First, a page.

2002 CBBC article on School security
2004 version of the same article
2007 version of the same article

Note: CBBC keep refering to the tragic Dunblane incident in 1996 to justify the rehashing the article..

School Children to get ID cards
BBC Northern Ireland - School Children to get ID cards (Citizen cards) which will help prevent children buying underage products

Scottish children to get ID numbers
ChildrensBBC link about giving ID numbers to scottish children to trace and track them

unisex toilets to stop bullying
BBC Link on the expansion of unisex toilets in UK schools, some of these are open plan with frosted glass doors

Finger tip Scanning in Schools
ChildrenBBC link discussing if Fingertip scanning in Schools is a good idea

Security Cameras in Schools
ChildrensBBC link discussing if CCTV in schools a good idea, while more and more schools are putting CCTV in the toilets

Heres a CBBC teachers aid link on creating a unisex toy box

Now one the one hand you could say these are measures to keep school children safe, trace them if they get lost, balance out male and female role models as all good things that state should do, and others will question if these are not to prepare this future generate to accept CCTVs even in toilets, accept the need to carry ID cards and be happy to give out Biometric data when it is demanded by the state.

But I do not beleive the UK is alone in taking these steps either to protect or to prepare school children..

It does however raise interesting debates, if a school has an attendent in the toilet do you need security cameras too.. or if you have a swipe card to get into school, why do you need an ID card and fingertip scanning as well.

There is also the interesting disparity between how school children in school are treated and how adults in the work place are treated.. for the children these things are implemented without consent, where as in the workplace those things can only be implemented by consent.

So that begs the question, If we are so liberal, why do we not care about children views!

Another avenue could have been to look at how the State has expanded the right to fine to now include people like Security gaurds (bouncers and the like) and hospital attendants.. which again merits the debate who should be able to decide when someone has broken the law and should be fined..

Collection would also fall to a private company.. and begs the question, what happens to a legal system when private profit making businesses are given the right to hand out and collect fines.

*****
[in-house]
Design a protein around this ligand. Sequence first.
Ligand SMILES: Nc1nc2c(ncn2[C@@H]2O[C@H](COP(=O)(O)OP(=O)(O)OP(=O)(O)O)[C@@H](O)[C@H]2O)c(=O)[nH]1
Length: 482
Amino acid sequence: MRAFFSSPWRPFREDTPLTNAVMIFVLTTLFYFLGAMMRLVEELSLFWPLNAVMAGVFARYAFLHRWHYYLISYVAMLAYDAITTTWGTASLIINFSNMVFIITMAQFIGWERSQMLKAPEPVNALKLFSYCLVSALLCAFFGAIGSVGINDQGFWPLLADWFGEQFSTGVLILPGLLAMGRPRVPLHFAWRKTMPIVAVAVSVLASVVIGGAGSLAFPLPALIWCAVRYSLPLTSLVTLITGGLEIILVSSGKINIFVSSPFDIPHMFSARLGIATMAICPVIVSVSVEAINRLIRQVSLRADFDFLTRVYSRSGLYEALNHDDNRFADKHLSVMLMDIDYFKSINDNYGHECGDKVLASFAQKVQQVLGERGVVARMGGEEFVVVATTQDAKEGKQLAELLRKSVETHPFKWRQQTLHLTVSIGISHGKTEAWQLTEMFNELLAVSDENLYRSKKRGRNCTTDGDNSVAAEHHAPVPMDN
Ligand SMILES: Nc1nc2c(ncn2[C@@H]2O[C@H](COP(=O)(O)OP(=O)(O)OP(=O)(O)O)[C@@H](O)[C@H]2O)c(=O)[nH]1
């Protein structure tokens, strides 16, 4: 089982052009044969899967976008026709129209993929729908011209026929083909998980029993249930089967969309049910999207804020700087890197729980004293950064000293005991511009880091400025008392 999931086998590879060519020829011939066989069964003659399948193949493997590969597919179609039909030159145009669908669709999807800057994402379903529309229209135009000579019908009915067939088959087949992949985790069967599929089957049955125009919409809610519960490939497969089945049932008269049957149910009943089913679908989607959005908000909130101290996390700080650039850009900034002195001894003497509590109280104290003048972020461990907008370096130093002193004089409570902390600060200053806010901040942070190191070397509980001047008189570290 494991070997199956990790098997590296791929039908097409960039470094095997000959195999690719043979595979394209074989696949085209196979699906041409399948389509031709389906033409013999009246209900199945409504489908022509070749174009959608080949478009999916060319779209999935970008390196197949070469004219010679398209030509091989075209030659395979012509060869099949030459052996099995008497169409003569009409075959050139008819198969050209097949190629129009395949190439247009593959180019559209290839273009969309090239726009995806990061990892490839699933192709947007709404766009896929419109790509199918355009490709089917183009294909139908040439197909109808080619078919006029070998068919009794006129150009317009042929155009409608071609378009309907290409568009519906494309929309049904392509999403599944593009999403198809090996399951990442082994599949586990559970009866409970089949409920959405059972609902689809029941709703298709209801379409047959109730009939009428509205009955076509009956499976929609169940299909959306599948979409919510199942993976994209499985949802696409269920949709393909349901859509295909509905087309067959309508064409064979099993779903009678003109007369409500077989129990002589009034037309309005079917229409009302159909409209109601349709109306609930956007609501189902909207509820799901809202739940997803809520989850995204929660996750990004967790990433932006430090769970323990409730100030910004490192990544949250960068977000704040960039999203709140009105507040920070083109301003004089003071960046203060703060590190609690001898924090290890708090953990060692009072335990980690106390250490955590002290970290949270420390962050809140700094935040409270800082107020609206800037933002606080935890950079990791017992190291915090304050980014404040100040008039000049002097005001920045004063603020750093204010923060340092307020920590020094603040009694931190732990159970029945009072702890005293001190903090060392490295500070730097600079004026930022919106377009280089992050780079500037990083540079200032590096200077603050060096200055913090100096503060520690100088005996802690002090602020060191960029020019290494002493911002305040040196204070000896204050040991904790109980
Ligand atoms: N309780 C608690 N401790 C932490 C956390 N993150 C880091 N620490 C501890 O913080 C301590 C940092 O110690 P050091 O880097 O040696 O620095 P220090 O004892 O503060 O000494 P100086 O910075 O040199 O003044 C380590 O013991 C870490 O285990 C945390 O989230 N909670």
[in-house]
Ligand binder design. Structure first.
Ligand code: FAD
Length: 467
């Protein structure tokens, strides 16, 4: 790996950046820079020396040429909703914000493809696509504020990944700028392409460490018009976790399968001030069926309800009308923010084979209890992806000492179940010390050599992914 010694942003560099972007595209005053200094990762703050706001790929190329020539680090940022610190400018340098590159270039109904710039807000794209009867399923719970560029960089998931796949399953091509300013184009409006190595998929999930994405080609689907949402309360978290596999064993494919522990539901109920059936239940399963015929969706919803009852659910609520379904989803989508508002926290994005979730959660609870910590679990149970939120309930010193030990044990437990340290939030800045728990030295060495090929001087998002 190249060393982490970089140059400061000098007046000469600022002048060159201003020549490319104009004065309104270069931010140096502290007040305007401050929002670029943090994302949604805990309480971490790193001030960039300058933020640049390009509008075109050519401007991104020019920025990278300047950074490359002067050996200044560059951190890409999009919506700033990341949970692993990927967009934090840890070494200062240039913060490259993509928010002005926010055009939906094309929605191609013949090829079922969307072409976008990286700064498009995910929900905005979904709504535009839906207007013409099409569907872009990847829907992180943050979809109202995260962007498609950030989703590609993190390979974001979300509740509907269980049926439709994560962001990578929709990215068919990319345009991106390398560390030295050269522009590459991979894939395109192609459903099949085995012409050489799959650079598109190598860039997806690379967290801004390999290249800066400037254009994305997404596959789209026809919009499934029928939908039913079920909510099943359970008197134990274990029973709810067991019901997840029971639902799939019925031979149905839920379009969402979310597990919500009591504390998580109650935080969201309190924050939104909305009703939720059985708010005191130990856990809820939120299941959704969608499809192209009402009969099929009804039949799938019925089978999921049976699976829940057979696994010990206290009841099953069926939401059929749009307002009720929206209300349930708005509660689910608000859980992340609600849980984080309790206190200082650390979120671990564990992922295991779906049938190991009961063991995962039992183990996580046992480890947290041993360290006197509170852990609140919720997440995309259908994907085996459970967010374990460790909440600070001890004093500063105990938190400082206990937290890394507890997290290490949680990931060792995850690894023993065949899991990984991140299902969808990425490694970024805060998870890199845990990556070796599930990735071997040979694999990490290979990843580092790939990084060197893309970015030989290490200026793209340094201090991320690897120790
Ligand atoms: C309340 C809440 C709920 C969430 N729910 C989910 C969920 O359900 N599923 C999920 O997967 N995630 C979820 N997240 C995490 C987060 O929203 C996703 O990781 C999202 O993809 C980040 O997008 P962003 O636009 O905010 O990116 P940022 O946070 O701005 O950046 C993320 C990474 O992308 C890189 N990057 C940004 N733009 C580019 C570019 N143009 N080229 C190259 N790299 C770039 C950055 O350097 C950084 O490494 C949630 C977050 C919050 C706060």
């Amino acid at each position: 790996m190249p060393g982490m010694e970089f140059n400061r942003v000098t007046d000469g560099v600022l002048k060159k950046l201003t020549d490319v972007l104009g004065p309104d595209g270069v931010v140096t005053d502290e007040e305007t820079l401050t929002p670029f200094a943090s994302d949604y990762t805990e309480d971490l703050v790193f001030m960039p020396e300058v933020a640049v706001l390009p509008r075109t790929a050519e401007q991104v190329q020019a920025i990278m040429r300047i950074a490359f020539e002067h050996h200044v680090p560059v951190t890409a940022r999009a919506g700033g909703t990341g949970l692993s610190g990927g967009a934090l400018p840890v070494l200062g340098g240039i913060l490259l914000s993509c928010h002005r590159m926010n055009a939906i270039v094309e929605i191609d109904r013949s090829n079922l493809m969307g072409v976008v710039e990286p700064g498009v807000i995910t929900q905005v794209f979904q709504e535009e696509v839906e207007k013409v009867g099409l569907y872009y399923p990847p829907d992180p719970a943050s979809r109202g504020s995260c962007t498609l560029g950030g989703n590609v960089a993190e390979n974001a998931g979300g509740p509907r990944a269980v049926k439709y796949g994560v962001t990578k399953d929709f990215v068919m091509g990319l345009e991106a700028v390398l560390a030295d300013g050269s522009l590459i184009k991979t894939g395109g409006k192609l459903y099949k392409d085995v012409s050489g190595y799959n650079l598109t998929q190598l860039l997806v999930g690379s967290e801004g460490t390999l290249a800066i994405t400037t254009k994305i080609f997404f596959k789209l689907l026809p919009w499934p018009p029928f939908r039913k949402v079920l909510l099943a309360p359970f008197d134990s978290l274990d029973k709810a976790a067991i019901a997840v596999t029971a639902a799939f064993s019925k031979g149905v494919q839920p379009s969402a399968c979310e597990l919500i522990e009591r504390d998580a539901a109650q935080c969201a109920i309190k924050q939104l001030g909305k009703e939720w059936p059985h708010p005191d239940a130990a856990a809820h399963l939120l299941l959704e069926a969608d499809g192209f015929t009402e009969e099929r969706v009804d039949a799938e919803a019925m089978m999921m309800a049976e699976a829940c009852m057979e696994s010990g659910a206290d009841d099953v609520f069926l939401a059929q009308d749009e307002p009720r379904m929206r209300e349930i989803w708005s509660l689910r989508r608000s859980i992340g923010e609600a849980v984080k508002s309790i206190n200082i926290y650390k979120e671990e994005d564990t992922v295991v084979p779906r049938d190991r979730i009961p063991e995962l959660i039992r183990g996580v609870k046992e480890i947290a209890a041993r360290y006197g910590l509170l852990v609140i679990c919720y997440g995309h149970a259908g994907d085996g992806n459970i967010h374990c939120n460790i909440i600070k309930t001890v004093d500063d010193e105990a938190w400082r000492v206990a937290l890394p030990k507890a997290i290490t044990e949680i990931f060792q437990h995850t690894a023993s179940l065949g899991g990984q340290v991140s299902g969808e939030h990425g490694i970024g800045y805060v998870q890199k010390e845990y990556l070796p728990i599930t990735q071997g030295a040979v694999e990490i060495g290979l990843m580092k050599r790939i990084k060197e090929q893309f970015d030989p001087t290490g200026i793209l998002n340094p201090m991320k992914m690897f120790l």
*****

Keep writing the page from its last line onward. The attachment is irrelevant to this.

This also flows into the nanny state question as it increases the scope of who can tell us what to do and how to behave under threat of punishment.

Again, I don't feel this is a UK only situation..



posted on Dec, 4 2009 @ 03:58 AM
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Another avenue could have been to look at how the State has expanded the right to fine to now include people like Security gaurds (bouncers and the like) and hospital attendants.. which again merits the debate who should be able to decide when someone has broken the law and should be fined..



My BOLD emphasis.

Can you enlighten me on where/how ??? Hospital attendants (whatever they may be) can fine people? I have not heard of this.



posted on Dec, 4 2009 @ 04:40 AM
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Originally posted by Wotan



Another avenue could have been to look at how the State has expanded the right to fine to now include people like Security gaurds (bouncers and the like) and hospital attendants.. which again merits the debate who should be able to decide when someone has broken the law and should be fined..



My BOLD emphasis.

Can you enlighten me on where/how ??? Hospital attendants (whatever they may be) can fine people? I have not heard of this.


Of course, here is a link to the main article covering the topic on the guardian's CIF which includes links to other articles...

www.guardian.co.uk...

I'll rephrase to hospital staff..



posted on Dec, 4 2009 @ 05:42 AM
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reply to post by thoughtsfull
 


I see, thankyou. I see that it is 'trained' security staff.

Having been on the recieving end of abuse (verbal and physical) by visitors and patients, I hope that this will be a deterrant to all that abuse/violence to staff will not be tolerated in any circumstance.

It is about time that the NHS employed their 'own' Police Force as every other UK Government Department seems to have one, ie: MOD Police, Transport Police, Nuclear Power Plant Police, etc etc.